Dislike of herb traced to genes encoding odour and taste receptors.
Julia Child loathed the stuff, one in six Nature staff (informally surveyed) says it tastes of soap, and a popular website collects haiku poems denouncing it. Now, researchers are beginning to identify genetic variants behind the mixed reception for the herb Coriandrum sativum, which North American cooks know as cilantro, and their British counterparts call coriander.
A genetic survey of nearly 30,000 people posted to the preprint server arXiv.org this week has identified two genetic variants linked to perception of coriander, the most common of which is in a gene involved in sensing smells1. Two unpublished studies also link several other variants in genes involved in taste and smell to the preference2,3.
“O soapy flavour / Why pollutest thou my food? / Thou me makest retch,” reads one of the hundreds of haikus posted to the website IHateCilantro.com. There is clearly sympathy for this stance — 21% of east Asians, 17% of people of European ancestry and 14% of people of African descent say they dislike the stuff, according to a paper published this year in the journal Flavour4. By contrast, 3–7% of south Asians, Latin Americans and Middle Eastern subjects disapproved of the herb, which is more common in their native cuisines.
Dislike of coriander has long been thought to be a partly inherited trait and not just an artefact of cultural practices and exposure to the herb. Charles Wysocki, a behavioural neuroscientist at the Monell Chemical Senses Center in Philadelphia, Pennsylvania, says that surveys of hundreds of twins he conducted beginning in the early 2000s at the annual Twins Days festival in Twinsburg, Ohio, suggests that coriander preference is influenced by genes. He found that about 80% of identical twins shared the same preference for the herb. But fraternal twins (who share about half their genome) agreed only about half the time. “Strong evidence suggests there's a heritable component to the reactions that people have to cilantro, whether you're a hater or a lover,” he says.
In hopes of identifying the genetic basis for these traits, researchers led by Nicholas Eriksson at the consumer genetics firm 23andMe, based in Mountain View, California, asked customers whether coriander tasted like soap and whether or not they liked the herb. The researchers identified two common genetic variants linked to people's “soap” perceptions. A follow-up study in a separate sub-set of customers confirmed the associations.
The strongest-linked variant lies within a cluster of olfactory-receptor genes, which influence sense of smell. One of those genes, OR6A2, encodes a receptor that is highly sensitive to aldehyde chemicals, which contribute to the flavour of coriander. This makes OR6A2 “a compelling candidate gene for the detection of the odours that give it its divisive flavour”, the researchers write.
Eriksson, who despised coriander when he first tasted the herb but now grows it in his garden, says that nearly half of Europeans have two copies of the 'soapy' variant, and of those, 15.3% said coriander tasted of soap. For comparison, 13% of Europeans had no copies of this variant, and in this group, only 11.5% of them reported the soapy taste.
Meanwhile, in 2011, Lilli Mauer, a nutrition scientist at the University of Toronto in Canada, identified variants in a different olfactory receptor gene and a bitter taste receptor gene linked to coriander preference among more than 500 people of European descent 2. And in a paper soon to be published in the journal Chemical Senses3, Wysocki and his team found an association between coriander taste and several other genes, including a bitter-taste receptor. He says that the differences between the variants identified in the three studies could be a result of how people measure coriander preference and that more objective measures would be useful.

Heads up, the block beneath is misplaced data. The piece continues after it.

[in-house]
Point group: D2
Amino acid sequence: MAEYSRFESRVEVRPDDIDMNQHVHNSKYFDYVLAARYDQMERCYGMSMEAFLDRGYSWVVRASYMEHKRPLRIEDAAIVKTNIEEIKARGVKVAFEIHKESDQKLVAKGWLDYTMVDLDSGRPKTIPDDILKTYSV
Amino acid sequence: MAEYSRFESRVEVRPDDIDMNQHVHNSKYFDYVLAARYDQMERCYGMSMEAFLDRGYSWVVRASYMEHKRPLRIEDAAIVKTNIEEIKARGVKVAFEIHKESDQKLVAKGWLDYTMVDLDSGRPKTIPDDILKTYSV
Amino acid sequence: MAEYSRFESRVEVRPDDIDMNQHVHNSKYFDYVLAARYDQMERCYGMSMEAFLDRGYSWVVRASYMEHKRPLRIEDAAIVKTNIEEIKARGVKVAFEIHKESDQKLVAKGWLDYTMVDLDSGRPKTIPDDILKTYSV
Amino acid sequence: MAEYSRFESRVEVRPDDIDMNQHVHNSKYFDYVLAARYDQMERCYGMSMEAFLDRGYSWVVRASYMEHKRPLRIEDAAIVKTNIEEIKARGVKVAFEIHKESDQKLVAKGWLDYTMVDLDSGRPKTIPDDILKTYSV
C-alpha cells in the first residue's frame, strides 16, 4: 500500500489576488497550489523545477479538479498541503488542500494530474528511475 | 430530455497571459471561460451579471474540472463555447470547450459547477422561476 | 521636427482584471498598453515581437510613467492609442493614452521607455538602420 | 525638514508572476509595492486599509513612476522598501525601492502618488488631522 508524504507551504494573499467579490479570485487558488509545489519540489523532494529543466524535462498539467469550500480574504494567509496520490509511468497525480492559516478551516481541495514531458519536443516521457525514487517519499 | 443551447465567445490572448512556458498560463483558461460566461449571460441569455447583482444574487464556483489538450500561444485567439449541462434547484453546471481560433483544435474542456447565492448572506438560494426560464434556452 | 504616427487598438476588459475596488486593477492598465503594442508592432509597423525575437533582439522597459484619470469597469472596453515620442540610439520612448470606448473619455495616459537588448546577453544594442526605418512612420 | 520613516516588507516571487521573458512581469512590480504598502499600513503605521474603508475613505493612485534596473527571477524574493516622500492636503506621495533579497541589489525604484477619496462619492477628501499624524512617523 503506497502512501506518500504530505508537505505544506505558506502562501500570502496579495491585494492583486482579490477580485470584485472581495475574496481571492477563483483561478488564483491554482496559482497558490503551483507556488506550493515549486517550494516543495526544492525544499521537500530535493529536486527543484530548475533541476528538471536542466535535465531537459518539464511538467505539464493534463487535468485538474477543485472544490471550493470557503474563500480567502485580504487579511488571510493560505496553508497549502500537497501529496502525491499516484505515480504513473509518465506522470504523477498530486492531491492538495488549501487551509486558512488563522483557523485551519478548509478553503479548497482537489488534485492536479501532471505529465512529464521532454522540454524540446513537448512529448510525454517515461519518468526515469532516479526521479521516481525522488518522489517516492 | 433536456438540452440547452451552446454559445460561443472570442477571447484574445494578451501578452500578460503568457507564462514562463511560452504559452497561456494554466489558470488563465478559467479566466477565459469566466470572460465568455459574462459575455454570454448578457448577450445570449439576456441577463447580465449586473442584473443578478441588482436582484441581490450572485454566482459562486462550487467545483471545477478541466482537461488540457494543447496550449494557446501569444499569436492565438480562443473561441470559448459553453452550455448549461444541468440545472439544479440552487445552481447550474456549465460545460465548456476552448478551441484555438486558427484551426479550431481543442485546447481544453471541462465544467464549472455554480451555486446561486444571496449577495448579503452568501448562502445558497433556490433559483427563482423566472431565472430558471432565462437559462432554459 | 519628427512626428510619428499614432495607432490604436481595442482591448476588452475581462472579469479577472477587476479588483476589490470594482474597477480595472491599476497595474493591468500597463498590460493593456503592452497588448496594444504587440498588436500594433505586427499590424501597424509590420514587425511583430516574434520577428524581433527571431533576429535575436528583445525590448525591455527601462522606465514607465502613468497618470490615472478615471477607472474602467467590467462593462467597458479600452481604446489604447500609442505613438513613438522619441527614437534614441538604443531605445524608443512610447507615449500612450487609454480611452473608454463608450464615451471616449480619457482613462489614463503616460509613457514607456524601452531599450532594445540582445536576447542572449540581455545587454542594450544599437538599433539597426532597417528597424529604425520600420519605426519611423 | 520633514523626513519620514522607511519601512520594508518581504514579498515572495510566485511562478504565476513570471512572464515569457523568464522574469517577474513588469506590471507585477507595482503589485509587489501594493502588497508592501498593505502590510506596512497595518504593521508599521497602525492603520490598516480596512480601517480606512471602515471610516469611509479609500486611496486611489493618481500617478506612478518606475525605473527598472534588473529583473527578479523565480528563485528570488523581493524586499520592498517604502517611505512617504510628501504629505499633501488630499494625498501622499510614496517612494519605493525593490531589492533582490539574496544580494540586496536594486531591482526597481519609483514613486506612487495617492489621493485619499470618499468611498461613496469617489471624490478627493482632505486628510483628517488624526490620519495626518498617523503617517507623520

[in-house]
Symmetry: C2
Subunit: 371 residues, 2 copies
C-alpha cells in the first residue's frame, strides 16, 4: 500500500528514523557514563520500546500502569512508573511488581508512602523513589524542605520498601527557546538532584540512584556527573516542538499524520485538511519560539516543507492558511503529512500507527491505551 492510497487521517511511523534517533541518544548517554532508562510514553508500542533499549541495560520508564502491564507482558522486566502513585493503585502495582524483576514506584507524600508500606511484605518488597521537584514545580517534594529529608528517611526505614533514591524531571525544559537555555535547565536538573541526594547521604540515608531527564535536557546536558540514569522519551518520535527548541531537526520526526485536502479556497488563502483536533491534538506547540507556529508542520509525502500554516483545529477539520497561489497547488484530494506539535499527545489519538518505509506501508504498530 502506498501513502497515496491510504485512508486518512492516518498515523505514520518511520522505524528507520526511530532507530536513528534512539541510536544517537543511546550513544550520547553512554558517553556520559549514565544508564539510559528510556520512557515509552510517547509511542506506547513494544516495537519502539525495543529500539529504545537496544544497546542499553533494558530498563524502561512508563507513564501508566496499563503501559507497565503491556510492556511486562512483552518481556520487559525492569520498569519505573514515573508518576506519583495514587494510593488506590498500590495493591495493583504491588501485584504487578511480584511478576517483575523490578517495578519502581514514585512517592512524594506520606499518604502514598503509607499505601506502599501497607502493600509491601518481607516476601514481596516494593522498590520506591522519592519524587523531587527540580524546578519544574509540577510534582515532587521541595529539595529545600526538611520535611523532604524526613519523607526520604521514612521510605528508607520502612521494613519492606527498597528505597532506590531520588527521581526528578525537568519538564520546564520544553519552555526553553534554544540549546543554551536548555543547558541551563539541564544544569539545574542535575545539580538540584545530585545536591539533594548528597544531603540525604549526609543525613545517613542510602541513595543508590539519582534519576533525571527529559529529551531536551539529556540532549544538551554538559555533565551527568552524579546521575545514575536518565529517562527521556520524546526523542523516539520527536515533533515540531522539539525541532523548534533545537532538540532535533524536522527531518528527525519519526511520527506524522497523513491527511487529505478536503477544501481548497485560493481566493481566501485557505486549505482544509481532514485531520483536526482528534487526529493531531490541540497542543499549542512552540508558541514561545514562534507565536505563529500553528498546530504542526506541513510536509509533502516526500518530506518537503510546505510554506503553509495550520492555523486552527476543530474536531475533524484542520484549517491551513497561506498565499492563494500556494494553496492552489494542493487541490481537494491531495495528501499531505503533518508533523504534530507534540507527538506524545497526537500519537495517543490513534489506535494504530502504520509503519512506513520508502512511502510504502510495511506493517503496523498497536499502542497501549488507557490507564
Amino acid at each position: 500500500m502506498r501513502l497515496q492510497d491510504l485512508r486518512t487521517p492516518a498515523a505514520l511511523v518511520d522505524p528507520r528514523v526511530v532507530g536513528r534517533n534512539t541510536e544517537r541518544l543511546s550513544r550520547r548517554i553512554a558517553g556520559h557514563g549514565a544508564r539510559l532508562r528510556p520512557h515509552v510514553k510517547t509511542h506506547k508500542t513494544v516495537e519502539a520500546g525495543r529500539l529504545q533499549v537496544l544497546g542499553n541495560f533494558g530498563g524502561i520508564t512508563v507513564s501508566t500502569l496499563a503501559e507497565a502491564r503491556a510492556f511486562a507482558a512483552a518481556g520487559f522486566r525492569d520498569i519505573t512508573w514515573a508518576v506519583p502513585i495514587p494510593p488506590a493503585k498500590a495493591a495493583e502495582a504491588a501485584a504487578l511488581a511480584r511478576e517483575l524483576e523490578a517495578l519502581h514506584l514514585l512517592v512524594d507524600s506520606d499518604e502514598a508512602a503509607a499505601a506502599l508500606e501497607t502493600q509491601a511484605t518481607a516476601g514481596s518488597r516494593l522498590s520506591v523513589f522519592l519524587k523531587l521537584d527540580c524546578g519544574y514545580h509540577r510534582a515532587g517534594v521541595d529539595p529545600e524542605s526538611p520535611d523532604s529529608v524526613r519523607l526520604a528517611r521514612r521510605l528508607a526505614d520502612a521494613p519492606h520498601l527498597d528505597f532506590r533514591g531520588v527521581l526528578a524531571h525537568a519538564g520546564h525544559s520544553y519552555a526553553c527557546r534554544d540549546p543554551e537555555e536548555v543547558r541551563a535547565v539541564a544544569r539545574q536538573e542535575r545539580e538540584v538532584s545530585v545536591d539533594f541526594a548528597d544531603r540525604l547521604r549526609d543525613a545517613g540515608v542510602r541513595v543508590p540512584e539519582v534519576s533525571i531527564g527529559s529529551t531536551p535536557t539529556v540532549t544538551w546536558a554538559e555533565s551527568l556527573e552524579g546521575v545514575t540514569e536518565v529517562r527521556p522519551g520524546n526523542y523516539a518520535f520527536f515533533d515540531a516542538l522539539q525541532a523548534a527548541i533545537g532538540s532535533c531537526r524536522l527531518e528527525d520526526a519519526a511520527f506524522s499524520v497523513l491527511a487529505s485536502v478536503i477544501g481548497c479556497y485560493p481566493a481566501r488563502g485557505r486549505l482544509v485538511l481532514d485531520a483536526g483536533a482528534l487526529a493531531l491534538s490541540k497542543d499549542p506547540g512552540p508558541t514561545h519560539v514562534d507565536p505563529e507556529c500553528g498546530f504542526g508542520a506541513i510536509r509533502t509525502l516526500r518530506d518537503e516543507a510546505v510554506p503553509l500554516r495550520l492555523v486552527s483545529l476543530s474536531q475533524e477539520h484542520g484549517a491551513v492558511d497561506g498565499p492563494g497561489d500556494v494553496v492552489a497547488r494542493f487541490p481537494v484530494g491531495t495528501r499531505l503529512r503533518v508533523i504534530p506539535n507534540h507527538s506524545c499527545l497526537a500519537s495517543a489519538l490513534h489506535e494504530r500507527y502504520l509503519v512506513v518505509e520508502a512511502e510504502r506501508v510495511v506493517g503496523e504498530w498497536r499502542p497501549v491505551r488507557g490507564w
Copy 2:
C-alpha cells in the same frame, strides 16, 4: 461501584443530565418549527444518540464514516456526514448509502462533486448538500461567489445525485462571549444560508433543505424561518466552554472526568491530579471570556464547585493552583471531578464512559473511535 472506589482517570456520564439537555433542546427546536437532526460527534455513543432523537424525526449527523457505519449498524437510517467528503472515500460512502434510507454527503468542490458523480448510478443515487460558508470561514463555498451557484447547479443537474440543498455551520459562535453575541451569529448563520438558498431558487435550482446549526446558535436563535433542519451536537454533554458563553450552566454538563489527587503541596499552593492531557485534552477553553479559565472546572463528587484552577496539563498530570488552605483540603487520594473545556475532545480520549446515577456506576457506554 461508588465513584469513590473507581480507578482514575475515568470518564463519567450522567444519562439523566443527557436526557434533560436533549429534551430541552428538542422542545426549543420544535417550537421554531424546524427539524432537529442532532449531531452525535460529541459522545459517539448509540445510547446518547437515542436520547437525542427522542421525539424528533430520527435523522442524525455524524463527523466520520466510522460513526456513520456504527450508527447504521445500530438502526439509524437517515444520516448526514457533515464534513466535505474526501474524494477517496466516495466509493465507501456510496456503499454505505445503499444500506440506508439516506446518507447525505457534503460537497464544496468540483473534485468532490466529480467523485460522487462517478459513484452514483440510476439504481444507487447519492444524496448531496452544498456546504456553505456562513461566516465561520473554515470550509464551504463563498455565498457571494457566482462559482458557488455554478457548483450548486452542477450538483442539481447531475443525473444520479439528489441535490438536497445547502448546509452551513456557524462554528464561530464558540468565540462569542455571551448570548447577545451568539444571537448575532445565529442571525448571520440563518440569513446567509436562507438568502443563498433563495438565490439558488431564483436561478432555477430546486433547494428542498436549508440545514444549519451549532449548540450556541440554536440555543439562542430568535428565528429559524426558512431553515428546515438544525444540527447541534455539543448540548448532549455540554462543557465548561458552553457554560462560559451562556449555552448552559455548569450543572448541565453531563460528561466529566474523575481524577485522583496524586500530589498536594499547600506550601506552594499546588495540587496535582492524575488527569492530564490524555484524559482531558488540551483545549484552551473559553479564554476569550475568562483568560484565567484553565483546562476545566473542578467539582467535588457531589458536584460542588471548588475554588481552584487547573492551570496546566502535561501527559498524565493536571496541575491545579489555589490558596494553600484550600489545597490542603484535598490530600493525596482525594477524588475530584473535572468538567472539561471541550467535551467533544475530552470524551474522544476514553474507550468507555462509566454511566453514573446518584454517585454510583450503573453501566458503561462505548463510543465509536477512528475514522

But coriander-haters — including the nearly 4,000 registered members of IHateCilantro.com — should not be in any rush to have their genomes analysed. Eriksson and his team calculate that less than 10% of coriander preference is due to common genetic variants. “It is possible that the heritability of cilantro preference is just rather low,” they say.
Setting aside hypothetical hopes of a biological fix, those who hate coriander have two options: avoid or adulterate. Julia Child took the former option: in 2002, she told the interviewer Larry King that she never ordered dishes with coriander: “I would pick it out if I saw it and throw it on the floor.” But the renowned food science writer Harold McGee suggested a milder solution in a 2010 column in the New York Times. Inspired by a study5 suggesting that crushing coriander sped up the rate at which plant enzymes break down aldehyde molecules — perhaps removing those to which coriander-haters are most sensitive — he recommends grinding up these ingredients for a mild, pesto-like sauce.
1/2 cup [c. 75g] toasted almonds
3 cups coriander leaves and tender stems (about 2 bunches)
1 or 2 garlic cloves
1/2 cup [120ml] extra virgin olive oil
2/3 [c. 70g] cup grated aged sheep’s milk cheese like Nisa, Serpa or pecorino-Toscano
Serve right away with pasta, grilled meats, vegetables or soups, or freeze.
Eriksson, N. et al. Preprint at http://arxiv.org/abs/1209.2096 (2012).
Mauer, L. K. Genetic Determinants of Cilantro Preference. MSc thesis, Univ. Toronto https://tspace.library.utoronto.ca/bitstream/1807/31335/1/Mauer_Lilli_K_201108_MSc_Thesis.pdf (2011).
Knaapila, A. et al. Chem. Senses http://dx.doi.org/10.1093/chemse/bjs070 (in the press).
Mauer, L. & El-Sohemy, A. Flavour http://dx.doi.org/10.1186/2044-7248-1-8 (2012).
Quynh, C. T. T., Iijima, Y. & Kubota, K. J. Agr. Food Chem. 58, 1093-1099 (2010).